Over the summer, we published a new paper, Investing in Families and Communities. The paper looks at ‘strengths-based’ approaches in social care and the Care Bill, which in its current form (going through parliament) includes attempts to introduce strengths or asset based thinking (thinking about what people can or could do, not only about what they can’t) into assessment processes, through mandating that social care assessments will consider not just what services can achieve, but also what individuals themselves, their families and communities can achieve, with the aim that those contributions are recognised, supported and valued.
In a time where services are being cut in most areas, often without individual planning or any sense of what might replace that support, it is not surprising that changes to statutory processes which could take the onus off the role of services are viewed warily by some, to say the least.
We have been told that some in local government are already using the language of strengths-based approaches in their rationale for needing fewer services, which is depressing if true.
With these risks in mind, we published Investing in Families and Communities, with In Control, Inclusion North, Inclusive Neighbourhoods and our sister organisation, Community Catalysts, which sets out the case for investing in strong relationships and informal support networks, whilst attempting to put to bed any misconceptions that taking a strengths-based approach means cutting services or raising eligibility thresholds.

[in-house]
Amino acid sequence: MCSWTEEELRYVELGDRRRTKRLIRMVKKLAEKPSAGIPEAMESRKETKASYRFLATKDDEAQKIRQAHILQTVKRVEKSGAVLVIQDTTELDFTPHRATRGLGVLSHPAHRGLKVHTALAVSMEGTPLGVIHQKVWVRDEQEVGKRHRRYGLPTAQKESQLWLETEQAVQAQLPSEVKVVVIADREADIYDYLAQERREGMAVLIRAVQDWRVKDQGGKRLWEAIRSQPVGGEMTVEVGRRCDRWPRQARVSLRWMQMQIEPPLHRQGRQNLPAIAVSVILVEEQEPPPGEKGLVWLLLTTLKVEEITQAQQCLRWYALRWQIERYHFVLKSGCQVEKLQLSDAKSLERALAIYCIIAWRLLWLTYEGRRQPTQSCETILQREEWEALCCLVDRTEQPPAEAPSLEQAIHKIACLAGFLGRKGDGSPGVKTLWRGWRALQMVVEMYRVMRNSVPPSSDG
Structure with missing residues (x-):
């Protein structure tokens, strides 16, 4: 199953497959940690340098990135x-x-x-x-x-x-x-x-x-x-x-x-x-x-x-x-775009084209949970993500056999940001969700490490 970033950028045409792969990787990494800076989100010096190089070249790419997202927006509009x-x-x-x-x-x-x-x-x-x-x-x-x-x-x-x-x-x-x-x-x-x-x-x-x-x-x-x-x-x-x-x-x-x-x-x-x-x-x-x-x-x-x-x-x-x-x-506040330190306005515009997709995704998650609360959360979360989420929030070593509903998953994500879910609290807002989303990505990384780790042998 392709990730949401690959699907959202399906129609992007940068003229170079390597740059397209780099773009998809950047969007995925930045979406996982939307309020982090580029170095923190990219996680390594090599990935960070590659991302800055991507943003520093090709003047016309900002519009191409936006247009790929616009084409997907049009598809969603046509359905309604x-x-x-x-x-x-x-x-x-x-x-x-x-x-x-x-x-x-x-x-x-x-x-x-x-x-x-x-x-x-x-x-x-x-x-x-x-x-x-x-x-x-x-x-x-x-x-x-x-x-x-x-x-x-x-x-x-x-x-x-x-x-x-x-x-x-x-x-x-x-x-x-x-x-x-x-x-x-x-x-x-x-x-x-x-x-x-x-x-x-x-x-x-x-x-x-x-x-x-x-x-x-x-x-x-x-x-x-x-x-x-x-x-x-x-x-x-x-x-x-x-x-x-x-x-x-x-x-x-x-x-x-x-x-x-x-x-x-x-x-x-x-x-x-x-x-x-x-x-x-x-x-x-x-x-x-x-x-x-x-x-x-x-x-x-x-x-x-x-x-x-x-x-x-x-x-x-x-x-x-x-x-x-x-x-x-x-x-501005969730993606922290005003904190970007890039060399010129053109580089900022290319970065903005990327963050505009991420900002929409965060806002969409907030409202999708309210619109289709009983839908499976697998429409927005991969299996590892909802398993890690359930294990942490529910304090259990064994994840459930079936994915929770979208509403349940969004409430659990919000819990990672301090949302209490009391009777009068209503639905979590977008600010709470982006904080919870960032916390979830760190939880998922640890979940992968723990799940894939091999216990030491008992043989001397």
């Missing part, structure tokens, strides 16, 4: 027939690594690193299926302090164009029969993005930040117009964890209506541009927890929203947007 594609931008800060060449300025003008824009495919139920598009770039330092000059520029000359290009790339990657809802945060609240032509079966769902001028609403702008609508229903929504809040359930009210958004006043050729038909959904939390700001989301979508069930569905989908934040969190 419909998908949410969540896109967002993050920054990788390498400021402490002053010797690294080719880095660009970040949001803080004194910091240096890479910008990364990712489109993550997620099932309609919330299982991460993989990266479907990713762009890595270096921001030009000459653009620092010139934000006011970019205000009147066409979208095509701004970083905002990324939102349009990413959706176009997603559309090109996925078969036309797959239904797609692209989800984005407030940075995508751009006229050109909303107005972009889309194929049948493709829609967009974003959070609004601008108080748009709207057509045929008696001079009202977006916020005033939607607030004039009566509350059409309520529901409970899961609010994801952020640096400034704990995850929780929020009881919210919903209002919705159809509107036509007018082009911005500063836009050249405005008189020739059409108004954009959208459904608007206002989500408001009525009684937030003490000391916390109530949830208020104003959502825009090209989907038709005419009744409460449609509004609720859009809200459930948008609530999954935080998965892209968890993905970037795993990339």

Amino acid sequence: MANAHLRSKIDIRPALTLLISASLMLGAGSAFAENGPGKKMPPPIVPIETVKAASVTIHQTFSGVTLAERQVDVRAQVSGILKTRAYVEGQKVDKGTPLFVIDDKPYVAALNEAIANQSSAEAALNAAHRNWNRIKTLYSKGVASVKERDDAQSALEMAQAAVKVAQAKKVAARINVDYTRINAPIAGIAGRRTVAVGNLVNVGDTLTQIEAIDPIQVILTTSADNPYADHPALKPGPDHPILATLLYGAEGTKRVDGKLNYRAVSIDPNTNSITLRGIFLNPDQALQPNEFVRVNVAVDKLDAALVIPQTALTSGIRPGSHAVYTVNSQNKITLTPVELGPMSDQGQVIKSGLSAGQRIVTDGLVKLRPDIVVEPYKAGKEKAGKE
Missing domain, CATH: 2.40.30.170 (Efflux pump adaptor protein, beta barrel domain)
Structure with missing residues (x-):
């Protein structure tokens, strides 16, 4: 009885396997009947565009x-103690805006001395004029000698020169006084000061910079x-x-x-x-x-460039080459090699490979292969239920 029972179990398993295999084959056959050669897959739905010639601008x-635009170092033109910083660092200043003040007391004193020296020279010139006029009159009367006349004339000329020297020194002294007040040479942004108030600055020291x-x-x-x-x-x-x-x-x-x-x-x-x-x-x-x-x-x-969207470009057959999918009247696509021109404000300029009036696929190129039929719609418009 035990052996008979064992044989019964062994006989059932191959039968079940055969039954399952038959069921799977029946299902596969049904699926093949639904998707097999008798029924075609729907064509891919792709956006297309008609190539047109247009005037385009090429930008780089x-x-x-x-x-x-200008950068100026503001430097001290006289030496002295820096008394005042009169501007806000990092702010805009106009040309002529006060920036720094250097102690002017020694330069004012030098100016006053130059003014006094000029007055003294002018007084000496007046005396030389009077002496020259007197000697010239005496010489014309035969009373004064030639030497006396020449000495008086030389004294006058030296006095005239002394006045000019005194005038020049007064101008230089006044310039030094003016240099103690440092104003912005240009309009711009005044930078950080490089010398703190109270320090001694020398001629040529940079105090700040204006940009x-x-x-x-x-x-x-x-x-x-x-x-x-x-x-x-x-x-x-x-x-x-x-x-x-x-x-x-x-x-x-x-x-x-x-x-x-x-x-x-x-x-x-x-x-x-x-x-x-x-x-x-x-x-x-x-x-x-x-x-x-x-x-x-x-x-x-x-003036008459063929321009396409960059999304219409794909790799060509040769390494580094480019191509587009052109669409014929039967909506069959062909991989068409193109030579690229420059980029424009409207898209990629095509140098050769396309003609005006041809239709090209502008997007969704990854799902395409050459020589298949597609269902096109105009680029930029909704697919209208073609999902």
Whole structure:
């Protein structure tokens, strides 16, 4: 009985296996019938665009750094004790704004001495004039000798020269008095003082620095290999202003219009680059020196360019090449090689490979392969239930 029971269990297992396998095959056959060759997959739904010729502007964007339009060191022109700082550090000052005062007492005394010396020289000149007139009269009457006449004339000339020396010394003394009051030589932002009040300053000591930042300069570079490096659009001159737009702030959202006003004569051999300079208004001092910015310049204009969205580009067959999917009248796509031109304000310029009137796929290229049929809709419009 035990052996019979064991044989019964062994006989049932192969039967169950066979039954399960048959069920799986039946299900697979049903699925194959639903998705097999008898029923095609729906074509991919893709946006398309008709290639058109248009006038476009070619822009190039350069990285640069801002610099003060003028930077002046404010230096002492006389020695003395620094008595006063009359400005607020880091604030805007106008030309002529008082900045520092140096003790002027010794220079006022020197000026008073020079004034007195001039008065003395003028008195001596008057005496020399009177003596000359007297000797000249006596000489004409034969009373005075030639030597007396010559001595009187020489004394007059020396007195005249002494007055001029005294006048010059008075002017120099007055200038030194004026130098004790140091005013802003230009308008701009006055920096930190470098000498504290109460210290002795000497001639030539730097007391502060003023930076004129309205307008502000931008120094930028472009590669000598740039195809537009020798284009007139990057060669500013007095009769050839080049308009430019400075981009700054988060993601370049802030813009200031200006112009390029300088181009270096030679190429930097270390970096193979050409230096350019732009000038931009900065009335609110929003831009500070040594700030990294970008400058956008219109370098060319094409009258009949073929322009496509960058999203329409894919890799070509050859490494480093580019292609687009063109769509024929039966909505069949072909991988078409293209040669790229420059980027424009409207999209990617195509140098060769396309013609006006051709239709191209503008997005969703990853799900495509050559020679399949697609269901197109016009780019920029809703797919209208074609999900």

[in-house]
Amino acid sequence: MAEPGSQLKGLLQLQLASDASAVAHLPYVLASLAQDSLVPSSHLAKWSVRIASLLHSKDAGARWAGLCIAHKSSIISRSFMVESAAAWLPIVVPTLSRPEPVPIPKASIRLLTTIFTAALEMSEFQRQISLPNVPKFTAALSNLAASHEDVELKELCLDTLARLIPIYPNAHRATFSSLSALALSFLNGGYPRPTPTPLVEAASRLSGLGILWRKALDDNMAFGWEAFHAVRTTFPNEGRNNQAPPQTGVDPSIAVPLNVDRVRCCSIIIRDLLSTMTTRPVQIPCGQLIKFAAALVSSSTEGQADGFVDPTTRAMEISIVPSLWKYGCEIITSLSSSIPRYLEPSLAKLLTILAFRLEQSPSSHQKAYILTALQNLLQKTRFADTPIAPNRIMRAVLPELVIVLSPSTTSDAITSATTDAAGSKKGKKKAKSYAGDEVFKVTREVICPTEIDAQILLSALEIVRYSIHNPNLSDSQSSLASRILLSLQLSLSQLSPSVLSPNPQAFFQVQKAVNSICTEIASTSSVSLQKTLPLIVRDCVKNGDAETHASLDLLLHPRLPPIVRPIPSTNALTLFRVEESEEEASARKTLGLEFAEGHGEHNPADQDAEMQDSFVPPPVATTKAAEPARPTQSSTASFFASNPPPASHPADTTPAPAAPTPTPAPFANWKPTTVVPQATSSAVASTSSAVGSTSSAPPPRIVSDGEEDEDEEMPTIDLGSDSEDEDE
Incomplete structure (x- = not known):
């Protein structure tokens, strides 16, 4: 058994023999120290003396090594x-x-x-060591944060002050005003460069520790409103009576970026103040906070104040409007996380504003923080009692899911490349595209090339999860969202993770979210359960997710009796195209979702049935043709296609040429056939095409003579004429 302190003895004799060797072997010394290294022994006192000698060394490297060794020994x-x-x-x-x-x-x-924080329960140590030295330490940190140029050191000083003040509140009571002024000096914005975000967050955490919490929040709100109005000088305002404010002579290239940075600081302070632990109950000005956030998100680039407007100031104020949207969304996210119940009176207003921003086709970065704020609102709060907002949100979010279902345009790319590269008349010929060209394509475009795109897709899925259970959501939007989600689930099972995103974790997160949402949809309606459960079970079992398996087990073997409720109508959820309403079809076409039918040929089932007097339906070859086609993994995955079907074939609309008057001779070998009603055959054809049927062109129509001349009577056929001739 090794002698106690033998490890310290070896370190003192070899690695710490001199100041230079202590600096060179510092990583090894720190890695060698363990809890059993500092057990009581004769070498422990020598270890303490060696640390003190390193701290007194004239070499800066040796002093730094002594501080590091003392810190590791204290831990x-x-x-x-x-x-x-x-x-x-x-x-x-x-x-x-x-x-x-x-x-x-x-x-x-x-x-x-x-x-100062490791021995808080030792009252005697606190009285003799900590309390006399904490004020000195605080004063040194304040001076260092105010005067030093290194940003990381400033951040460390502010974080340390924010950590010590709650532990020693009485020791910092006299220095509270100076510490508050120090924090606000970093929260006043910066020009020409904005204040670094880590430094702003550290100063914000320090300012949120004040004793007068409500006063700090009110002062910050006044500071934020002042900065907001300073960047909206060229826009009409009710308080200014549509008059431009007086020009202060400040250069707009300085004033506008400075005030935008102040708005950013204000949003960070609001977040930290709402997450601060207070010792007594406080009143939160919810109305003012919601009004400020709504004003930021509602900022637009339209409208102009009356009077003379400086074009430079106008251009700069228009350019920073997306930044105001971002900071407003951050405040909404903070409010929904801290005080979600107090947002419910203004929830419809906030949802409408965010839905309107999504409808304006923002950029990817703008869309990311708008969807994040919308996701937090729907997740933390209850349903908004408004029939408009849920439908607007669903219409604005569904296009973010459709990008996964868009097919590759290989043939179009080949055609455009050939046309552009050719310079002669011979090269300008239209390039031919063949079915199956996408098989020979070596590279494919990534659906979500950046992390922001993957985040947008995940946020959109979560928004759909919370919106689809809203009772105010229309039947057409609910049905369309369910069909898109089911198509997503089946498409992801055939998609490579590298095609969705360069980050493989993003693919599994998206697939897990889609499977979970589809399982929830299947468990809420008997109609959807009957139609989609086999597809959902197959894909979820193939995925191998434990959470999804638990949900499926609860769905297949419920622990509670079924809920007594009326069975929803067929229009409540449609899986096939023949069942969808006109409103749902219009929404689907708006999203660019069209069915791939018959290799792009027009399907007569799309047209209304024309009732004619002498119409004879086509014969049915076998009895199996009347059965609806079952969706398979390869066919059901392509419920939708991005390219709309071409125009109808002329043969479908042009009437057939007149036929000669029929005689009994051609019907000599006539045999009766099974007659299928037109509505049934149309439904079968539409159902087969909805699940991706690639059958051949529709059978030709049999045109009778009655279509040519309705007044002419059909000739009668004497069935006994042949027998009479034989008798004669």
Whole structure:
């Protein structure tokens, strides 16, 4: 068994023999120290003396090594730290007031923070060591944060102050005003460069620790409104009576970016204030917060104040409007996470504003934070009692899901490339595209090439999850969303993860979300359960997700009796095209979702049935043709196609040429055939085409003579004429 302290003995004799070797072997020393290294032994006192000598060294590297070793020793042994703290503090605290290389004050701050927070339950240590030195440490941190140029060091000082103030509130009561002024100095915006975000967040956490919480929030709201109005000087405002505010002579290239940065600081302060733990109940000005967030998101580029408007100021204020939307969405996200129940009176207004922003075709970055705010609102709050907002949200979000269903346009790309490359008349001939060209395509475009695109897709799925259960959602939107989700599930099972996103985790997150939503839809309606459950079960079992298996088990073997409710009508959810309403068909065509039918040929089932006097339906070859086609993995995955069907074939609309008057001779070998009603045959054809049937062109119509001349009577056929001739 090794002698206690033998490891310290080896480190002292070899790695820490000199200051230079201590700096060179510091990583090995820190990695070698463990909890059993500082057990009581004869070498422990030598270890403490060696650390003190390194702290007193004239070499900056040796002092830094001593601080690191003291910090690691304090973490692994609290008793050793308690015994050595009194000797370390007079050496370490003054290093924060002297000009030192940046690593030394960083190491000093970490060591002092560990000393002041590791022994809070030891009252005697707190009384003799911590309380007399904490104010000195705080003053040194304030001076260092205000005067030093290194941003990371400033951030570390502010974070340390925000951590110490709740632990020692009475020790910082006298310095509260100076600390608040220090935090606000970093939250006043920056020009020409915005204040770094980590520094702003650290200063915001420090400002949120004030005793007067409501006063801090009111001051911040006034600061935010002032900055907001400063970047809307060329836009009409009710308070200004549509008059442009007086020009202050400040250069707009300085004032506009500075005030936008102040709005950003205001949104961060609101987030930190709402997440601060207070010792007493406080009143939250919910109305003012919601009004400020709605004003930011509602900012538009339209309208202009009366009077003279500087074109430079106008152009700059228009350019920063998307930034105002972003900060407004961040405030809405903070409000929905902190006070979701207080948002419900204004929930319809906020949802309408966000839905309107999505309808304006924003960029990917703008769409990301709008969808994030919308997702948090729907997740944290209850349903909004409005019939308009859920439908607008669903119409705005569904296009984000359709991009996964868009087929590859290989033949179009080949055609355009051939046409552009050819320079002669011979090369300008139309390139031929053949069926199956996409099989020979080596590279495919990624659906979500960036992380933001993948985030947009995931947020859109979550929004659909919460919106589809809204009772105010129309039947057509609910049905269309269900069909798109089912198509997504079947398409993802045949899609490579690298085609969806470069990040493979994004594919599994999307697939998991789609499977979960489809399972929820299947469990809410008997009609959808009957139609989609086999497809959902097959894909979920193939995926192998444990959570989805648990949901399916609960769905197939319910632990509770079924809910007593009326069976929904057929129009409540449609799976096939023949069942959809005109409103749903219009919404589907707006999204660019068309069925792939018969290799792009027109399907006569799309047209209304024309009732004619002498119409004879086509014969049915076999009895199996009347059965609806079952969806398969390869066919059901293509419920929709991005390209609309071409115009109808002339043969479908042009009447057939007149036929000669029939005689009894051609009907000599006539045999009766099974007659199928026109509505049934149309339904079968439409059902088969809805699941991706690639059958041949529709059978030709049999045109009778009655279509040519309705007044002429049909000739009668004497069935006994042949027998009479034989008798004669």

It is not our experience that strengths-based approaches such as Shared Lives and micro-enterprise development spring up, and then scale up, without any interventions from government or support organisations. Shared Lives, for instance, relies on regulation and a national infrastructure to create safe spaces in which people have lots of autonomy to create whatever family and community life means to them.
To create an environment in which people can be creative and can build and sustain supportive networks, we need not to cut existing services, which creates a climate of fear and mistrust, but to do the opposite: local government and the NHS must commit to maintaining and improving people’s well-being, whilst helping people to take control and think through the best ways of achieving the outcomes they want. If people are supported to think creatively in the security of knowing they can experiment with non-service solutions without losing hard-won support entitlements forever, service costs will indeed fall, because people usually prefer where possible to rely less rather than more on services and seek the lowest level of state intervention in their lives. But those reductions in traditional interventions must follow falling demand, rather than attempting to hide or stymie demand through poorly thought through cuts.
If we want people to take risks, we must first ensure that they feel safe.
You can download the full report here: http://sharedlivesplus.invisionzone.com/index.php?/files/file/216-investing-in-families-and-communities